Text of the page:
gan Union" is indeed a familiar one. They
do such things as cash checks, hold dances--
even show you television. That is-they show
you television to an extent.
In this day and age of delicate tubes and high
price electric bills our Union is, economizing
these days on television-for at the stroke of
midnight-some little man pulls a little switch,
and the set clicks off and the house lights go
on.
Wednesday night some 150 people experi-
enced this discomforting experience as they
anxiously awaited the 1956 academy award
presentations to the year's best actress and best
picture.
Grace Kelly and Jerry Lewis were engaging
in a delightful conversation when suddenly the
picture got smaller . . . and smaller . . . and
then so small you couldn't even see it any more.
Rules are rules and services are services, but
both suffer when they contradict each other.
-PHIL DOUGLIS, Sports Editor
The Bars On
Angell Hall
A SOUTH UNIVERSITY avenue drugstore has
just opened a casual credit fund for finan-
cially embarrassed students.
Those short of cash can take what they
need-for a few days-from a wide open box
filled with dollar bills on the drugstore's coun-
ters, recording the loans only with IOU slips.
When they've got the money, they can pay
it back. No questions asked by the manage-
ment.
But the Literary College faculty hasn't the
same amount of faith in student integrity.
Exams, according to a recent directive to LSA
instructors, must be proctored at all times-and
there's to be no hope for those who like a
cigarette break.
Funny that the honor system is in full opera-
tion outside Angell Hall-but not within it.
-JANE HOWARD, Associate Editor

fa r ..
. ~ < '?1r r y
'4 : : ip ". .
,fr "Y 4 '1
Azz
$ 4,-s-
I pf 1.

WASHINGTON MERRY-G0-ROUND:
CAB HeadAdmits Faultsr.
By DREW PEARSON{

ONLY a few overheard their
whispered conversation, but
the Civil Aeronautic Board's chair-
main Ross Rizley insisted to Com-
missioner Joe Adams the other day
that their agency, the CAB, had
capitulated to pressure from the
big airlines.
Rizley was on the witness stand
before the House Anti-Monopoly
Subcommittee, explaining why the
CAB had increased trans-Atlantic
passenger rates 10 per cent.
"As I understand it," said Chair-
man Emanuel Celler of Brooklyn,
"your statement is tantamount to
capitulation to the scheduled air-1
lines."
"No," Rizley protested. "It was
our own airlines, plus Europe, Asia,
Africa, and Australia."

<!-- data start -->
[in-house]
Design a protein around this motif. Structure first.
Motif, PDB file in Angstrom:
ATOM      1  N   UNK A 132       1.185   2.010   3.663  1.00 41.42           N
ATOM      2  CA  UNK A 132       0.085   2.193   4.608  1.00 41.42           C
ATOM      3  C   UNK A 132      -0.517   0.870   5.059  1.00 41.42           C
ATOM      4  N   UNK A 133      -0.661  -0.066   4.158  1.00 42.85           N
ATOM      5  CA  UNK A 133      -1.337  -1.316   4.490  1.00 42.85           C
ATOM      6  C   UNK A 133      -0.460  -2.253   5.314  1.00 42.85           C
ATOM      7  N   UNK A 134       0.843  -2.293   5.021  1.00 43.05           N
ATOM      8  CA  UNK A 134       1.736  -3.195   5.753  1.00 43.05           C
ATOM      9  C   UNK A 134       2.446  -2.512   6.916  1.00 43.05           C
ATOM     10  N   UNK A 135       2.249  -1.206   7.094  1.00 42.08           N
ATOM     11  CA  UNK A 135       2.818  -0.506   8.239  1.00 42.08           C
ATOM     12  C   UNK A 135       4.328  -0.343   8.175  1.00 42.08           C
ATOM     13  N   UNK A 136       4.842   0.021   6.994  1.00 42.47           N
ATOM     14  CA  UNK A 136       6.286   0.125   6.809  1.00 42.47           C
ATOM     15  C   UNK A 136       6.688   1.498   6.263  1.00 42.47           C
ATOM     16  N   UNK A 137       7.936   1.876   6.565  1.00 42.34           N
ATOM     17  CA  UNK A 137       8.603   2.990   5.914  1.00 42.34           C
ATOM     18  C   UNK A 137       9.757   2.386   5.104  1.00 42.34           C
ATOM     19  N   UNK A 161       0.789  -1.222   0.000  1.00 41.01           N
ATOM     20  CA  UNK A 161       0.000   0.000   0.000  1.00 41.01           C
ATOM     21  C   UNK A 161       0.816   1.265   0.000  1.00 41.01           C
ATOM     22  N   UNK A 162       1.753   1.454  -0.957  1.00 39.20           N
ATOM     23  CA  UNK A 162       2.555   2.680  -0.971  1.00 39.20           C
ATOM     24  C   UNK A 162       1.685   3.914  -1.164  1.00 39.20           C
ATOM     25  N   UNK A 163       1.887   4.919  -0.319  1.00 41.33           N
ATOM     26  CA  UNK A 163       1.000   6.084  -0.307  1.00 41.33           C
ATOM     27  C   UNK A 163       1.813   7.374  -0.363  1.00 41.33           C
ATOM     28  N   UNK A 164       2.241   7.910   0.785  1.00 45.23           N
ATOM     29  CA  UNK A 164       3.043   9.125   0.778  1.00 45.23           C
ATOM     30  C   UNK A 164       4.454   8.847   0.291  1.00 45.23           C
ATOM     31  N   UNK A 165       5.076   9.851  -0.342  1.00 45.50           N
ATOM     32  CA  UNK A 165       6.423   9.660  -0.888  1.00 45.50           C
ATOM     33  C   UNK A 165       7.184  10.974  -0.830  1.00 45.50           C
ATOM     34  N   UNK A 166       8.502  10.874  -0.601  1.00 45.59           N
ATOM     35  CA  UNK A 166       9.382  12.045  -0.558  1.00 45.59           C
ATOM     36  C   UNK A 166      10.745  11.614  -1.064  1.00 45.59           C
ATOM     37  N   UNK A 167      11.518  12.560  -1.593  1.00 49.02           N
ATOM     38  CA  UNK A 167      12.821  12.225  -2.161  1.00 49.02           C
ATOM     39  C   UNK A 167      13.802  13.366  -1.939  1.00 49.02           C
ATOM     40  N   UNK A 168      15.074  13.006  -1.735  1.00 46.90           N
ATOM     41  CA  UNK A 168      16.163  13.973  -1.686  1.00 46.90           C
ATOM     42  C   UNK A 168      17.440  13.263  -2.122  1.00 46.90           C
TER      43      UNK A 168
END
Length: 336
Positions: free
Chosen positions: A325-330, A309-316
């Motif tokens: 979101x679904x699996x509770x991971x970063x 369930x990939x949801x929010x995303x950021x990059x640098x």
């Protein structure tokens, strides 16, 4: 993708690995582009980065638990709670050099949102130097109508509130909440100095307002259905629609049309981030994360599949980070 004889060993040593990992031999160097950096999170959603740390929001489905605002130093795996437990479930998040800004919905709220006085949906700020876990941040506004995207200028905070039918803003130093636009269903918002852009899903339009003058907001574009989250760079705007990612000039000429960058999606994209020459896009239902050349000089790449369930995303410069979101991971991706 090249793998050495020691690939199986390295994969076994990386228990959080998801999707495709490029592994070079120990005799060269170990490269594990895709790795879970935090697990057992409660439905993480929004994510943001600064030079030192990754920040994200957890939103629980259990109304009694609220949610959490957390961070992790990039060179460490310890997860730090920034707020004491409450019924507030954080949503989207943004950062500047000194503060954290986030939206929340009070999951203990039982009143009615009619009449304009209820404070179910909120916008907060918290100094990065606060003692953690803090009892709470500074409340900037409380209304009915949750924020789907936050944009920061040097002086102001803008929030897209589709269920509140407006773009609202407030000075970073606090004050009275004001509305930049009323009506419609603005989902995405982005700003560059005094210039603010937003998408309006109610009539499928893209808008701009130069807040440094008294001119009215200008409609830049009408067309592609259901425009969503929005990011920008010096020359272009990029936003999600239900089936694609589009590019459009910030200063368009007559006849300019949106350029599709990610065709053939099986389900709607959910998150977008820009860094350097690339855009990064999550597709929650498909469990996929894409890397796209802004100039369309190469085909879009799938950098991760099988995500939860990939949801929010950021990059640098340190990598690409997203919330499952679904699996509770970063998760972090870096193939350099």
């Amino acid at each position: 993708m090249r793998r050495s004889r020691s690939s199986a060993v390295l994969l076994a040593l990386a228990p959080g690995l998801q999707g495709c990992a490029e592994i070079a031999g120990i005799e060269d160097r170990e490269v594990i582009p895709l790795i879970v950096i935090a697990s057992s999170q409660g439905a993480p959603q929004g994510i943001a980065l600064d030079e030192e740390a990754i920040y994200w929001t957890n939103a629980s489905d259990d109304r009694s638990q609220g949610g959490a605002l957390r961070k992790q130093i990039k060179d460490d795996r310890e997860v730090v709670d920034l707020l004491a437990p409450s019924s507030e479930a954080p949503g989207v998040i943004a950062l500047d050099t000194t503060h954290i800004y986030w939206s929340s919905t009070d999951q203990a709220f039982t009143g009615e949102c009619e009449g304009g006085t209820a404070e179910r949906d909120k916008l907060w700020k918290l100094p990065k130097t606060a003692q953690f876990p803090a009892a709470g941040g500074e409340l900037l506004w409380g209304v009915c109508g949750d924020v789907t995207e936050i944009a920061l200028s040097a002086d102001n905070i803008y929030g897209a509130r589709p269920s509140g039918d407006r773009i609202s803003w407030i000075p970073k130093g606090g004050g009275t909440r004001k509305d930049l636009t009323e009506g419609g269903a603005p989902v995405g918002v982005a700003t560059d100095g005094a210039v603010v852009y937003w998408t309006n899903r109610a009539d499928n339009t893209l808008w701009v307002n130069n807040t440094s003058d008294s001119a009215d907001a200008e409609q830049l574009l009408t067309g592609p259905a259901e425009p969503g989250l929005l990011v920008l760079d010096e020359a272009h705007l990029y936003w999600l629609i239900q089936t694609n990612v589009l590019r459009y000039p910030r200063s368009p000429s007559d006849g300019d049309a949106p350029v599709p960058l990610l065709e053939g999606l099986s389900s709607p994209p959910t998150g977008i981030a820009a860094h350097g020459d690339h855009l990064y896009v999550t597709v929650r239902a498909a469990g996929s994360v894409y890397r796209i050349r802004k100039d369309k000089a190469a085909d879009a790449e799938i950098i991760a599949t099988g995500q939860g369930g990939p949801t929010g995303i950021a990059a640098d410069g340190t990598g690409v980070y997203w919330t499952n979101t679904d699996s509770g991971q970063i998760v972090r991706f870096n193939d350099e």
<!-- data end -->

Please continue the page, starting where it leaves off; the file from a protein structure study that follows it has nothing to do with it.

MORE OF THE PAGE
"LET'S SAY capitulation to all
the airlines," suggested Celler.
There was a hushed, but agi-
tated, conference between Rizley
and Adams.
"No, no, no," protested Adams
hoarsely.
"Of course we capitulated,"
Chairman Rizley whispered. "We
did, and I have got to say so."
Rizley turned to the committee
and finished his testimony.
"That is right," he said for the
record.

!"""' -_

AT HILL AUDITORIUM
Symphony Band Still
Top Ranking Group
T HE UNIVERSrTY Symphony Band on Wednesday night demonstrat-
ed again that they must be the best Symphony Band of the Western
Hemisphere. If this seems like a careless generalization, then here at
least is a more conservative suggestion: that the smaller brass en-
semble that played after the intermission must rank among the top
half a dozen such groups in the world.
Like the larger organization of which it is a part, this group played

IT'S A STRANGE combination,
but a Democratic Senator and a
Republican Cabinet officer have
teamed up to block any more lib-
eralization of the Social Security
laws to help widows with disabled
children, oldsters and white-collar
workers. They are Sen. Harry
Byrcd 'of Virginia and Secretary
Marion Folsom of Health, Educa-
tion and Welfare.
At issue are amendments that
would grant federal disability in-
surance for people over 50 years
old, lover the retirement age for
women from 65 to 62, provide con-
tinued survivor benefits to widows
with disabled children over 18, and
extend social security to more
white-collar workers.
Folsom has been careful not to
take a public position against the
reforms, but he has been pulling
wires privately to block them.
not oppose the bill openly.
The proposed social security
amendments would be financed by
increasing the rate 1 per cent, half
to be contributed by the employers
and half to be withheld from em-
ployees' pay checks. This would
cost big corporations several mil-
lion dollars, would cost an em-
ployee an extra $21 per year maxi-
mum.
* * *
BECAUSE IT'S an election year;,

the Eisenhower Administration has
ducked taking a public stand
against the reforms. Instead, Fol-
som has put off testifying before
the Finance Committee four times.
He's finally expected to appear to-
day (March 23), but will probably
not oppose the bill openly.
Inside fact is that the Social
Security Administration has al-
ready worked out plans to admin-
ister the new reforms, but Folsom
has forbidden his subordinates to